Thoughts from the Recorder: On Grantland

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I wanted to write about the World Series on Monday. I wanted to write a wrap-up about the culmination of the Royals journey, a journey that started last October and ended on November 1st with Kansas City sitting on top of the world. I wanted to write about the sheer joy of seeing a team come together, about the sheer joy with which that Royals team played baseball, about the fact that even in the most dire of moments, this team always felt like they would rise above everything.

But I didn’t. Because my heart was broken a few days earlier when ESPN announced that they were shuttering Grantland for good.

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The People We Know

It’s hard to believe how many people you get to know throughout your whole life. I mean like really get to know. They float through our vision like a love we may never feel or a flavor that remains unknown. We know they are present; always present. But once they cease to exist, we seem to long for them more than before. There’s an absence that’s hard to explain and yet it’s so obvious. We should have known all along. The lives and people we strive for seem apparent to the lucky ones. The rest of us are left wishing we had hoped just a little bit more once they’re gone.

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A Cinderella Story: The Addison Recorder’s Brief Tribute to Harold Ramis

Hollywood has sucked hard so far in 2014, in ways that have nothing to do with the quality of movies. The best are dying and dying so fast.

In the aftermath of Philip Seymour Hoffman’s death, so eloquently memorialized here by Alex, the number one clip I kept seeing over and over on the Internet was of the Lester Bangs scenes in Almost Famous, the scenes that made Hoffman feel like our cool older brother or uncle. In the same way, Harold Ramis, native of Addisonian territory, graduate of high school in Edgewater, former member of both the Second City and the Chicago Daily News, could truly be seen as a father figure for our generation.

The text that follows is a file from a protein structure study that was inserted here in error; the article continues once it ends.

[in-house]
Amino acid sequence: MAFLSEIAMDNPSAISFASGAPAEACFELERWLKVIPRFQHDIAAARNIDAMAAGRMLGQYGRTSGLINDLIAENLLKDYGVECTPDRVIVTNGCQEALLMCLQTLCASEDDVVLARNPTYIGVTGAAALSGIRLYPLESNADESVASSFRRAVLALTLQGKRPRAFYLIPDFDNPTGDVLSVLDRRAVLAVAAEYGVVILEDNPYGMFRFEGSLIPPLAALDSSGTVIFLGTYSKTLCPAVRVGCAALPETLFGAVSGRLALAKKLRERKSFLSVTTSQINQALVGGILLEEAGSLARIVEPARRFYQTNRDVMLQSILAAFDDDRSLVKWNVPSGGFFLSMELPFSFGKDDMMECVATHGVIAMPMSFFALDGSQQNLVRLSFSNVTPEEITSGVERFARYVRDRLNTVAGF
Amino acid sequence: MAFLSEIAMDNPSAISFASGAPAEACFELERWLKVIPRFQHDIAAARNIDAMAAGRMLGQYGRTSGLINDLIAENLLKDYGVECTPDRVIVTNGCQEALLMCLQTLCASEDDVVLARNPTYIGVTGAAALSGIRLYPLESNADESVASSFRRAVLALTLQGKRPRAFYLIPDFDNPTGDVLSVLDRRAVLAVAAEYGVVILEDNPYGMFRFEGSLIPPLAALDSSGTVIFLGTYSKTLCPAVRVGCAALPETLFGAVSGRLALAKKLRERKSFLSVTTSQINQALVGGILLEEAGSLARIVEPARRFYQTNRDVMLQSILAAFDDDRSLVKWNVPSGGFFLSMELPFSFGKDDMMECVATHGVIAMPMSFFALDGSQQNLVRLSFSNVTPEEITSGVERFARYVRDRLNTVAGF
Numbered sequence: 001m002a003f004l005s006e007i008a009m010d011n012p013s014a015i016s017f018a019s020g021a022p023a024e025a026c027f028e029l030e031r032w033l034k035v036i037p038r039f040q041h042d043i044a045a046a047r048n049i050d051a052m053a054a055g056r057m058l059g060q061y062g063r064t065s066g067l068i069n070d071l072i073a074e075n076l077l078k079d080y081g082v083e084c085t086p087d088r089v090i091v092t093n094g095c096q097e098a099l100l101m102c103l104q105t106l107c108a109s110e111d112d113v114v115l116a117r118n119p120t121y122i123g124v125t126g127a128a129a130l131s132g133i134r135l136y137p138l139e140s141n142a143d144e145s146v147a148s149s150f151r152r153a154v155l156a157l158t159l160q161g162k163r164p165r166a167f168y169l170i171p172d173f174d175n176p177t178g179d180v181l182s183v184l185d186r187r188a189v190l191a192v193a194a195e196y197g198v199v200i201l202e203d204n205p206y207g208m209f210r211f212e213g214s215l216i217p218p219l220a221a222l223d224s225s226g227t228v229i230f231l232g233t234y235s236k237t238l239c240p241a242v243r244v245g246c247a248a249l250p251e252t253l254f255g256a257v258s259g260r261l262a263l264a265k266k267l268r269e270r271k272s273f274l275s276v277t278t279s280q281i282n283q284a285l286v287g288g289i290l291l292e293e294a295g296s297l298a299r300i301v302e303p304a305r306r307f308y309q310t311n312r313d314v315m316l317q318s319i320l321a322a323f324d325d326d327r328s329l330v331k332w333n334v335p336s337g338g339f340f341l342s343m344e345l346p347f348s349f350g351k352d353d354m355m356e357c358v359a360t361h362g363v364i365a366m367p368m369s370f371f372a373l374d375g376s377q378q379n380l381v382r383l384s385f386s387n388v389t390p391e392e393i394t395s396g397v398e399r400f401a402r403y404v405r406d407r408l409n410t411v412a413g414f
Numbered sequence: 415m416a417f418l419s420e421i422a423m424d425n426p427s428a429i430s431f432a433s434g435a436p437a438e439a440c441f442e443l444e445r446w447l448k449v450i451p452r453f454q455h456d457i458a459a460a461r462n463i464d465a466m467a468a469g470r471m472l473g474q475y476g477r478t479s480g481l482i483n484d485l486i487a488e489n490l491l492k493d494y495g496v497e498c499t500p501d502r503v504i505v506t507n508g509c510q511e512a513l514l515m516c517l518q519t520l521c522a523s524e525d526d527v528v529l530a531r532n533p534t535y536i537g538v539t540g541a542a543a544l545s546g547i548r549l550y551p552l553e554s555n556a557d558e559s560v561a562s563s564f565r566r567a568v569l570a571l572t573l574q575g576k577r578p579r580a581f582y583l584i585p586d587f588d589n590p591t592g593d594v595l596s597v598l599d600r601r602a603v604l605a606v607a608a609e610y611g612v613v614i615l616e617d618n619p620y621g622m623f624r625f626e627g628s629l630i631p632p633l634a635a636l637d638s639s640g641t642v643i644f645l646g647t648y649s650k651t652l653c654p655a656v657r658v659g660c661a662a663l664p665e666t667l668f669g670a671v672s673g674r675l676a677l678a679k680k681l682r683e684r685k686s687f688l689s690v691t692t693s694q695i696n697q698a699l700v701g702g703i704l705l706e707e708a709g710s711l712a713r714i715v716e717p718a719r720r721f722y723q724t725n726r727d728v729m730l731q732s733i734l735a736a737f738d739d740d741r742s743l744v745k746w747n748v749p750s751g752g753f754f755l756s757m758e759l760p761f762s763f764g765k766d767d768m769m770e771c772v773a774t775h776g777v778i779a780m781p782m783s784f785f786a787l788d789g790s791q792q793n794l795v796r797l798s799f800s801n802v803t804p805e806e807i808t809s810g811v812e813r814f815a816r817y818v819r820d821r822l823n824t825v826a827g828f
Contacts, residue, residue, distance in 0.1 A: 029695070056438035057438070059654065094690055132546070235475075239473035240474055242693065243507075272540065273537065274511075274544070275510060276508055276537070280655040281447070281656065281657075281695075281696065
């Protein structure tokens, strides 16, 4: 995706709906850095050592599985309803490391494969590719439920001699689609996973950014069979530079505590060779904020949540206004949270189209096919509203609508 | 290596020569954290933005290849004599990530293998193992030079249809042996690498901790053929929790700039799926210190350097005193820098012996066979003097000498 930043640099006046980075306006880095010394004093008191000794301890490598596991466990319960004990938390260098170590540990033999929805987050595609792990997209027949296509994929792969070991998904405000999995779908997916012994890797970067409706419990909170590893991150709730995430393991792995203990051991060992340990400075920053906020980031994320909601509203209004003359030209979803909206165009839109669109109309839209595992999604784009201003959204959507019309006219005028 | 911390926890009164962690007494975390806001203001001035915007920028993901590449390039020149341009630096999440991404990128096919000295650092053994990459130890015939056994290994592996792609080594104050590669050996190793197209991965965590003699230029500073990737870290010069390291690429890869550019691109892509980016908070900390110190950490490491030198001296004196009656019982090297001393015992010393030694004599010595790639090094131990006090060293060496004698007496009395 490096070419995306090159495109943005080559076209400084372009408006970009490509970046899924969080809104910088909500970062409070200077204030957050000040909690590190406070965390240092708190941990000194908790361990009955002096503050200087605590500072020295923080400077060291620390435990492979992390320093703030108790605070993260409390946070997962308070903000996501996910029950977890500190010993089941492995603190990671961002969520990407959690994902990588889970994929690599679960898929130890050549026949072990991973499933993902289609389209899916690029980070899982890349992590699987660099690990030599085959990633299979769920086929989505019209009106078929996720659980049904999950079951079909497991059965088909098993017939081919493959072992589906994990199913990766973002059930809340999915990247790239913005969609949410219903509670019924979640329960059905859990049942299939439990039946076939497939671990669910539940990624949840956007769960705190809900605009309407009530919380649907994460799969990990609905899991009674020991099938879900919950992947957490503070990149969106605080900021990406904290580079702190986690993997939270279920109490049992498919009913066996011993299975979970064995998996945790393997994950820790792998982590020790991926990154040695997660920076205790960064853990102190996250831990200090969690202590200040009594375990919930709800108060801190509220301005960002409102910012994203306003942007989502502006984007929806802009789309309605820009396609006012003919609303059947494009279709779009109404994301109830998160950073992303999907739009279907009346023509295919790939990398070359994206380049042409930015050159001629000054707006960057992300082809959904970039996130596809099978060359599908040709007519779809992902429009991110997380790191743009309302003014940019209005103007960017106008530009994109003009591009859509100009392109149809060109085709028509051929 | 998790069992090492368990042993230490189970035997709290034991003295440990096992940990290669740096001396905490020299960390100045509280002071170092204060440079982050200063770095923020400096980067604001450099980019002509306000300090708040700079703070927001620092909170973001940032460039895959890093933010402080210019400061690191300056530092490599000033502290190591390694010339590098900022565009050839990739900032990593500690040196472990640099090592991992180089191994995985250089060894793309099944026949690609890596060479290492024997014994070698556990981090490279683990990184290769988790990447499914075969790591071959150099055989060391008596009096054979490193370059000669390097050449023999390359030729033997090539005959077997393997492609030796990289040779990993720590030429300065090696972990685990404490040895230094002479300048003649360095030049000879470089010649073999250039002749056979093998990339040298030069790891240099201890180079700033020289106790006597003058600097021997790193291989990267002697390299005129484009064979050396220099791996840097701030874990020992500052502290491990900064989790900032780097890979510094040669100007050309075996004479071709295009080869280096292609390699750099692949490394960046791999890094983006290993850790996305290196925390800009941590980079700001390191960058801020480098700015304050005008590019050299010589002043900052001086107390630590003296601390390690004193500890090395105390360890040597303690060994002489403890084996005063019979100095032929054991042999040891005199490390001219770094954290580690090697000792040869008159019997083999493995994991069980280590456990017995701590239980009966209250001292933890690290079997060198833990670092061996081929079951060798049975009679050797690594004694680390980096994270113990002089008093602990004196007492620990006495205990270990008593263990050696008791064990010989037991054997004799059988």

Two examples from my personal life: I got my first pair of glasses just after I turned four years old in 1988 and I’ve worn them ever since. Back then, I had all the action figures and the Ghost Traps AND the firehouse headquarters playset for Ghostbusters. I watched the movie over and over and never missed the Saturday morning cartoon show. And Dr. Egon Spengler–Harold Ramis–was my hero. Venkman and Ray got the laughs, but Egon knew all the science. Egon came up with the plans that worked and kept the team together. Egon wore glasses and it didn’t keep him on the sidelines or make him be treated like a nerd the way all the other characters I saw who wore glasses were treated. 

And in my family, every time somebody says the line “I just talked to her last week…she was going to make a pot for me!” we all crack up.

But I need to take this beyond me. All of us who write for The Addison Recorder exercise our purely creative muscles beyond non-fiction in one way or another. Harold Ramis’s work shaped our ideas on how to be entertaining. How to be hilarious. How to tell the truth in an inventive way.

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